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Stakeholder pensions: a guide

Stakeholder pensions were introduced in the United Kingdom in 2001 - they were provided to offer retirement savings plans at a low cost. The impetus for such a scheme was given by the Government's concern that the increasing cost of pensions provision would represent a large burden for the country. That burden would potentially hit later generations.

As a result of these concerns, stakeholder pensions were introduced in an attempt to persuade people in employment to save for their future, thus reducing the future burden for the state.

Why had this problem come about?

The state pension in the UK has always been funded by National Insurance contributions. For most people in employment in this country these contributions are taken 'at source' (ie directly from your wage packet). The theory is that the money raised by the government from these contributions can be used to pay for current and future pension payments.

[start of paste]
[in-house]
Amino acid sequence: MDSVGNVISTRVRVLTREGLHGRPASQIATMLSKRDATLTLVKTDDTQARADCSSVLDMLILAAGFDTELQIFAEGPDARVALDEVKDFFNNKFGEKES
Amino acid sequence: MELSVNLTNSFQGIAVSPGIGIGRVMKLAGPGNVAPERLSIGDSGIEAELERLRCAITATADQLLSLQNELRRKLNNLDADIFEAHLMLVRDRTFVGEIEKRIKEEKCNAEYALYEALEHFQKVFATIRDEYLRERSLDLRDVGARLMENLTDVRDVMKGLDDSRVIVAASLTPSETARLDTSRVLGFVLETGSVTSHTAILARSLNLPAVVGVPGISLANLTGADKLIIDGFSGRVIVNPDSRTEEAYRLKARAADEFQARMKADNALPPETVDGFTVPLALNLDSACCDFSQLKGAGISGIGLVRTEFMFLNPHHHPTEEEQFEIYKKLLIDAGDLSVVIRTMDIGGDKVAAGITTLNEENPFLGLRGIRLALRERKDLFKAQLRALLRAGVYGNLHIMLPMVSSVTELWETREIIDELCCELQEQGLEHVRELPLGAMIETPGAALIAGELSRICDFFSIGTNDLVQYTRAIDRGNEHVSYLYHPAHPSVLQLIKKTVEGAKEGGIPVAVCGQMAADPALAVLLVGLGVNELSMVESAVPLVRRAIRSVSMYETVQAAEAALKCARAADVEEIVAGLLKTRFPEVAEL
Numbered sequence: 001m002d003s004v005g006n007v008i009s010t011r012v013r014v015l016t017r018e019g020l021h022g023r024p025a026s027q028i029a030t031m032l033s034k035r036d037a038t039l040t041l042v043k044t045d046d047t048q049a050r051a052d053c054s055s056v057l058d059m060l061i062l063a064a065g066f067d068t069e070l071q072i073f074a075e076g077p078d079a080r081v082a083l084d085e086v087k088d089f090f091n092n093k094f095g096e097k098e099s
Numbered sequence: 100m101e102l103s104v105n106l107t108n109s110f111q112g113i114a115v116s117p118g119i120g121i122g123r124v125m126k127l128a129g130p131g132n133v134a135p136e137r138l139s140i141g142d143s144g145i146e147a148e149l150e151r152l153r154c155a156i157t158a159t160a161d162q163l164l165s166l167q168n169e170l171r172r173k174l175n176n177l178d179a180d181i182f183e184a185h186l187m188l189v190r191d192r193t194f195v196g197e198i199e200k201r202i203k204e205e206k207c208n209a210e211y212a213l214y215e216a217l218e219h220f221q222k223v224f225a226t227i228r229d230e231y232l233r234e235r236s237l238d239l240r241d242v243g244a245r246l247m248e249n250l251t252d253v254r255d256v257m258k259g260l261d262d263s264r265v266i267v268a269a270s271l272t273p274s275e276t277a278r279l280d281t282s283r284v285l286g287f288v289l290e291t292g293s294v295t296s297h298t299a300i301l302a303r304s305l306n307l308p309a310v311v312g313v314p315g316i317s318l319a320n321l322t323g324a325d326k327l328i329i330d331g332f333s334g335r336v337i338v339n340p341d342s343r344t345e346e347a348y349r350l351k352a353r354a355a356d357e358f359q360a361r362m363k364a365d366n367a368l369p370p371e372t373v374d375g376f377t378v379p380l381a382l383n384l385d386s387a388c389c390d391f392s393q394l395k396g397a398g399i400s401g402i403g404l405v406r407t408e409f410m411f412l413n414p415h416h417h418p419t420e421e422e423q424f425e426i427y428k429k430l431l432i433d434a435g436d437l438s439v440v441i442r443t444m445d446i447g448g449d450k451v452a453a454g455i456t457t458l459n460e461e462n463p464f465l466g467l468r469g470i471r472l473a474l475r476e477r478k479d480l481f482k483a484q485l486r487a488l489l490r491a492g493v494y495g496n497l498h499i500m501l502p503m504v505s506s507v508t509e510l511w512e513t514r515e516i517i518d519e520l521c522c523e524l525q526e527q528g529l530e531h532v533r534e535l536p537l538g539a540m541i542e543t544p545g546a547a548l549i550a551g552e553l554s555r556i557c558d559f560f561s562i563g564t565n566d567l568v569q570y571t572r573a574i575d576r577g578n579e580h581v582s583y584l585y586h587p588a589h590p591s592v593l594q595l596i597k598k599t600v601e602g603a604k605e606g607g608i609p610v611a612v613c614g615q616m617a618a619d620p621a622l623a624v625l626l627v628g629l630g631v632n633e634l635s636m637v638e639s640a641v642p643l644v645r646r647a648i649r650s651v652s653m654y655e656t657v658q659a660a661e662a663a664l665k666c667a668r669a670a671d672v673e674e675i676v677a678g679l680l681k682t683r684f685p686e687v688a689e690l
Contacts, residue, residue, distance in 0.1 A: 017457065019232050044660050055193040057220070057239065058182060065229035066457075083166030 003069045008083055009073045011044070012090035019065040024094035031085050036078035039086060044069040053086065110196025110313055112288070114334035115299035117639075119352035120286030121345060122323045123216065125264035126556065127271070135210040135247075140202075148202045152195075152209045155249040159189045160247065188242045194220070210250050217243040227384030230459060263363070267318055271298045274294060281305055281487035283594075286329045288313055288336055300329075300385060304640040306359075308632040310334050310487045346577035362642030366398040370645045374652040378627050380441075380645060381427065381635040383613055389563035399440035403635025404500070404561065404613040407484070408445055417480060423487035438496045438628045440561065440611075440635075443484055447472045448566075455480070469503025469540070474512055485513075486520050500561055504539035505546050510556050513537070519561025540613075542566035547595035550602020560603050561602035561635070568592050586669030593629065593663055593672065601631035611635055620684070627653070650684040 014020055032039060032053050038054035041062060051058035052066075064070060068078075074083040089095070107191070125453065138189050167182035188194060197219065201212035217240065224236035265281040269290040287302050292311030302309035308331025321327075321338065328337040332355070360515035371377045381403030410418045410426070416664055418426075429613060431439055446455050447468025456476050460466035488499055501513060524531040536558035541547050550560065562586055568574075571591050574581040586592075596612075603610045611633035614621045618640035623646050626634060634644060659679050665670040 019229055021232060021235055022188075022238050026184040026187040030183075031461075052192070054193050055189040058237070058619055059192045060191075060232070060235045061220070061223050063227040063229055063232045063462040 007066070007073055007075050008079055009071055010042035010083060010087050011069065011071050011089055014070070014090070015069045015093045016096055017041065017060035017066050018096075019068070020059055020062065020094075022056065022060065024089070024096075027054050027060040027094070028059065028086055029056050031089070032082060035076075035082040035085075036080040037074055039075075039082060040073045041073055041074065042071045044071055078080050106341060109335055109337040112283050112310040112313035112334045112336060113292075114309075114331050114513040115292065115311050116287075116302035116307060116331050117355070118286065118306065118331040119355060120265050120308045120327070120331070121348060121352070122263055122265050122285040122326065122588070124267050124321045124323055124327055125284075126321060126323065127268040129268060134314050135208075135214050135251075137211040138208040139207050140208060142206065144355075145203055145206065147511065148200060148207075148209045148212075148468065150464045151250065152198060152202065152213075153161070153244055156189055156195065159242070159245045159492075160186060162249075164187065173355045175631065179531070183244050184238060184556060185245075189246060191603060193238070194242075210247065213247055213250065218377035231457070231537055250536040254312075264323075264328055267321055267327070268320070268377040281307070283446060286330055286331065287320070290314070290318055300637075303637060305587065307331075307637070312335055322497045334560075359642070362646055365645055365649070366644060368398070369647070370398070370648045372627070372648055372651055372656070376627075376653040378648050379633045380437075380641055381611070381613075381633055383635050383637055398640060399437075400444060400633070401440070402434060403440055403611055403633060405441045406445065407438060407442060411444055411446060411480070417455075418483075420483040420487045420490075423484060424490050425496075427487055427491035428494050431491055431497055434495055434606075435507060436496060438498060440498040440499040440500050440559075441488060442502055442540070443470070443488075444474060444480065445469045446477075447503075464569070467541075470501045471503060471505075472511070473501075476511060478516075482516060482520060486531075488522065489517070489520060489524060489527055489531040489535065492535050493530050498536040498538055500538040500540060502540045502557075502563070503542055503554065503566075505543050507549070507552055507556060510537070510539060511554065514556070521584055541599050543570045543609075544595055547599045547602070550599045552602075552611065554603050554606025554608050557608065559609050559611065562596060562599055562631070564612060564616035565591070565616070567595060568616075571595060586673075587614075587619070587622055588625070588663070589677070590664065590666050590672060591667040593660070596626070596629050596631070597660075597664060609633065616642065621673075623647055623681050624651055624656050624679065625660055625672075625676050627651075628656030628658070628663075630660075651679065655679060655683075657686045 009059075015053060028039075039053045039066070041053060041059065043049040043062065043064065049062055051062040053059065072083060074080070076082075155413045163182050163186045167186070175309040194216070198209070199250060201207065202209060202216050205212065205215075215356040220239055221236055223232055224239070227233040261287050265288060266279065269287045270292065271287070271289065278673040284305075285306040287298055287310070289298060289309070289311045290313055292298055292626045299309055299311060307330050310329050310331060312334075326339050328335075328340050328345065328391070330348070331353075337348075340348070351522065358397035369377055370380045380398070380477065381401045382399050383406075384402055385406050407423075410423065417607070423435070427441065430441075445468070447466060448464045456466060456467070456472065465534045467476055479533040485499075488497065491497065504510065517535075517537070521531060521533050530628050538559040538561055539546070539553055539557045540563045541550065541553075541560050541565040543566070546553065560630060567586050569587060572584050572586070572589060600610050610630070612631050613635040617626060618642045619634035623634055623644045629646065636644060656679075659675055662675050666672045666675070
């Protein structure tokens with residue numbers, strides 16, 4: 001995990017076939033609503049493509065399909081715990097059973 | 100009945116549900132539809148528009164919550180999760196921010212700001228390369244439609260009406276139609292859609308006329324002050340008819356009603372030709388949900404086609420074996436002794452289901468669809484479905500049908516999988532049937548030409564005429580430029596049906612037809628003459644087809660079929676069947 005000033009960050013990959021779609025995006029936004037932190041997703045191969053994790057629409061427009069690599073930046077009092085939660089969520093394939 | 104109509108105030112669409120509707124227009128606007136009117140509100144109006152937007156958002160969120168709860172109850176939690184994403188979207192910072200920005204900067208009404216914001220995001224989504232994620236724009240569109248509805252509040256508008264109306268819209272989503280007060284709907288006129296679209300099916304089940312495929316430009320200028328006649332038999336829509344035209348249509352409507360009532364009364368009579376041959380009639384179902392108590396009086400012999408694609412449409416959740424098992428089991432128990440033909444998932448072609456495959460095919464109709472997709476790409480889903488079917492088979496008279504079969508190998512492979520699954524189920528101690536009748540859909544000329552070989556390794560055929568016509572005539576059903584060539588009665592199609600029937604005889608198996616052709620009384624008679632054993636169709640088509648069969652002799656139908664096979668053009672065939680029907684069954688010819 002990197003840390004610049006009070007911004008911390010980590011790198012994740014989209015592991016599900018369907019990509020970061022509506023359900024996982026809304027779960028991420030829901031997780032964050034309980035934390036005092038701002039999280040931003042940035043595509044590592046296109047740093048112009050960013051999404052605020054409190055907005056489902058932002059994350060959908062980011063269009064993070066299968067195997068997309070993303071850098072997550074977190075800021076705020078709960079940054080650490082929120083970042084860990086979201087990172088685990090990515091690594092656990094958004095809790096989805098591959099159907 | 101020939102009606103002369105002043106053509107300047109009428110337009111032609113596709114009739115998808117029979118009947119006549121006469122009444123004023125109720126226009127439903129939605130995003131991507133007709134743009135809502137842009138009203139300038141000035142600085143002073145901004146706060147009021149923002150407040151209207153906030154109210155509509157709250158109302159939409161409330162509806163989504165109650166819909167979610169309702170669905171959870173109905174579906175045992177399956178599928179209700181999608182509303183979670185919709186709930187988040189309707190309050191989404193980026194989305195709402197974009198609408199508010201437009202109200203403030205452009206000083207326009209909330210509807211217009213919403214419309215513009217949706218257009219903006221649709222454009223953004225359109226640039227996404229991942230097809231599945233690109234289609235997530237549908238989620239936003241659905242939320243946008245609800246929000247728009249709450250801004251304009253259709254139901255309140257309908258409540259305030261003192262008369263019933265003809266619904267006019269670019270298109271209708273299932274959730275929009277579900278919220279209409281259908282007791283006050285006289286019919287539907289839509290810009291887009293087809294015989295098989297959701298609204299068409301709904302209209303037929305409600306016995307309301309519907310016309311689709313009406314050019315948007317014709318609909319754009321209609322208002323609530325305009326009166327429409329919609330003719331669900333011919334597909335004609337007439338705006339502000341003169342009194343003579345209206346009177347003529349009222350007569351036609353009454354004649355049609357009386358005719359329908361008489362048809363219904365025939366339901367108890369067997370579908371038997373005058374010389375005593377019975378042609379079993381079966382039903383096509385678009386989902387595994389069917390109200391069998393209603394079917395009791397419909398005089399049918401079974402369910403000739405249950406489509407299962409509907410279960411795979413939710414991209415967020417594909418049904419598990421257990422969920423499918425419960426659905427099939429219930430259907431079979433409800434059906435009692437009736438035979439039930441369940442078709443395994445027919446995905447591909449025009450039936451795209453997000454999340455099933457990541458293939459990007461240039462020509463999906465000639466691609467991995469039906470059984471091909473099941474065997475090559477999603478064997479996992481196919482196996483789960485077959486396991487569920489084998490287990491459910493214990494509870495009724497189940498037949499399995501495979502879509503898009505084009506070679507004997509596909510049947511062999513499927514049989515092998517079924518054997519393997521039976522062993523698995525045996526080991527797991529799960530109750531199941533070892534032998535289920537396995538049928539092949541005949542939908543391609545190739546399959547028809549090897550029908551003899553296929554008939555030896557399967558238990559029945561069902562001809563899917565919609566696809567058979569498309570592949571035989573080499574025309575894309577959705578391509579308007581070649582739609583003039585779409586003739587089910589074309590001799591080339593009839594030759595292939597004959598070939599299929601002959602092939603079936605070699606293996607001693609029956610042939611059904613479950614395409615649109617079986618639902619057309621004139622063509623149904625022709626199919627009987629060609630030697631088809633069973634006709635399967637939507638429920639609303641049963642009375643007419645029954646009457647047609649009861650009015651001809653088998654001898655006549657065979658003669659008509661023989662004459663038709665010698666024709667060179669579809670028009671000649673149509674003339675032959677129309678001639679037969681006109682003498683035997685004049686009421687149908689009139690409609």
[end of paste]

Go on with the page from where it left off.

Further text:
Unfortunately, a number of factors mean that the cost of this scheme is increasing for the government. One of the key factors that has caused this problem is that the proportion of the UK population that are in work has been consistently falling for some time. With people having longer life expectancy than was once the case, the UK population is effectively smalling. This means that the number of people requiring pension payments is increasing at the same time as the number of people paying into the National Insurance scheme is decreasing. It is widely agreed that such a situation cannot feasibly continue.

As a result of these issues, stakeholder pensions were introduced as a cheaper pension provision than many existing schemes.